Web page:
Luanne Meehitiya exploring curation with a young visitor to the festival

Luanne Meehitiya exploring curation with a young visitor to the festival (Image: Anthony Roach)

How can we learn more about museum specimens?

Alex Ball from the Imaging and Analysis Centre at NHM probably has the coolest job I know. He spends his days using chemical, CT, and other scanning technologies to explore natural history specimens. Alex is a continual presence at the festival, and this year he was using a structured light 3D scanner to scan museum specimens for visitors. It scans the object with several cameras and constructs a 3D model that can be examined from different angles.

CT-scanned museum objects were also displayed on screens for visitors to investigate. This technology has enabled conservators to better conserve the beautiful Blaschka glass models, because they can understand how they were made. Researchers can also learn a wealth of information – from the morphology of mummified cats to the structure of meteorites – in a way that is non-invasive and keeps the specimen intact.

Alex Ball and his team from the Imaging Lab with the structured light 3D scanner

Alex Ball and his team from the Imaging Lab with the structured light 3D scanner (Image: Anthony Roach)

These are just some of the examples from a fossil festival that places museum collections, curators, and scientists at the forefront of the visitors’ experience. The festival clearly exposes the past, present, and future use of collections and current scientific research. It also continues to remind us of the amazing scientific discoveries of people like Mary Anning and William Smith, to inspire future generations of scientists, geologists, naturalists, and artists. Long may it continue!


Anthony Roach
Angela Marmont Centre for UK Biodiversity, NHM

Tweeting up a Storm

With the theme of last week’s 2015 NatSCA Conference being sharing collections through social media, there was much discussion about Twitter and the many natural science-related hashtags that abound. So we thought we should compile a list, to make it easier for people wanting to get involved to know what’s out there!

For those new to Twitter, a few pointers:

  • It doesn’t matter how you write hashtags (some capitalisation/all lower case), but capitalising the first letter of each word can make them easier to read, and removes the risk of embarrassing unintended meanings (remember #susanalbumparty?).
  • If you’re starting a new hashtag, search for it first on Twitter to see if it already exists and if so, how it’s used. Also don’t make it too long. It will eat up your 140 characters, and other people will be less likely to use it.
  • When tweeting about an event, find out if there is an official hashtag. If you’re the organiser, communicate what it is! There were so many variations used for International Museum Day this year that it was confusing. This also dilutes the pool of tweets that people will see if they’re following one of several hashtags for the same event, and makes it more difficult to compile them in Storify.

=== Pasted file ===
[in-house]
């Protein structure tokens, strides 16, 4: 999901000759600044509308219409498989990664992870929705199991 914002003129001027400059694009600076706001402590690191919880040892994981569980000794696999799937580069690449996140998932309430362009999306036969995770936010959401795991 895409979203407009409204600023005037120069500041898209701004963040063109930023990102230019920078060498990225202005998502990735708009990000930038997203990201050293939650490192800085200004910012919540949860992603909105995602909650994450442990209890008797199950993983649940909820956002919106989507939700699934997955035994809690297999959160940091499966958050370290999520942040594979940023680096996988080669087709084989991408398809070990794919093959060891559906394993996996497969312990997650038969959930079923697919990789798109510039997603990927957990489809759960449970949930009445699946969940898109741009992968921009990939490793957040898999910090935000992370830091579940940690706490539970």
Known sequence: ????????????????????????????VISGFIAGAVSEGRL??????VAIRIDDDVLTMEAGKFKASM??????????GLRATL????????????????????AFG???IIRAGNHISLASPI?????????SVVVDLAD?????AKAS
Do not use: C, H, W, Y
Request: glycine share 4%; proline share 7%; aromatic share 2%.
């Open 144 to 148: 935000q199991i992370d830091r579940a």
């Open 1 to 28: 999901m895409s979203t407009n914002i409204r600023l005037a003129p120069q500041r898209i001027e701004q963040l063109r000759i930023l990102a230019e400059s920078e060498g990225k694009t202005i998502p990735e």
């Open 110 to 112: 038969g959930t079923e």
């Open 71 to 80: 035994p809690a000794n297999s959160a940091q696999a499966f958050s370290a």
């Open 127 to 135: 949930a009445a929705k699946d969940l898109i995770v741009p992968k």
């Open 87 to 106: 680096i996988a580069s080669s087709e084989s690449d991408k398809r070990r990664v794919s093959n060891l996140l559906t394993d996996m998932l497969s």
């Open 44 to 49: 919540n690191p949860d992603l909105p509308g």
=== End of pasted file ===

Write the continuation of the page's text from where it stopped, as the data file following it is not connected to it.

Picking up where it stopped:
Weekly Hashtags

There are many hashtags based on days of the week:
































A Toxodon skull from @NHM_London for #FossilFriday

A Toxodon skull from @NHM_London for #FossilFriday


There are lots of other natural science and museum-related hashtags out there, for use any time!

#CreaturesFBTS – Creatures from behind the scenes. Share images of amazing specimens from your stored collections.

#NatSciFashion – Natural science fashion. A new one to come out of this year’s NatSCA conference! Share images of your fabulous natural science-related wardrobe/bags/accessories!

#SciArt and #BioArt – Share your scientific artworks.

#MuseumDocumentation – Explain what documentation work you’re doing, and why it’s important, in only 140 characters (120 once you’ve added the hashtag). Try it, it’s quite a challenge!

#MuseumSelfie – Share selfies in your museum or with your specimens! There is also a Museum Selfie Day. The next one is on 20th Jan 2016.

#MuseumShelfie – What’s on your museum shelves?

And there are many, many more! Museum Week, organised by @CultureThemes, is also a really good event to get involved with on Twitter. It features seven different themed hashtags over seven days, and is now an international affair. A great way to reach new audiences and share your collections! It ran in March 2015, and will be back for 2016. Culture Themes also organise special museum-related hashtags throughout the year, so keep an eye on their site for upcoming days.

Thanks to everyone on Twitter who offered suggestions! What have I missed? What are your favourites?

Rachel Jennings, NatSCA Blog Editor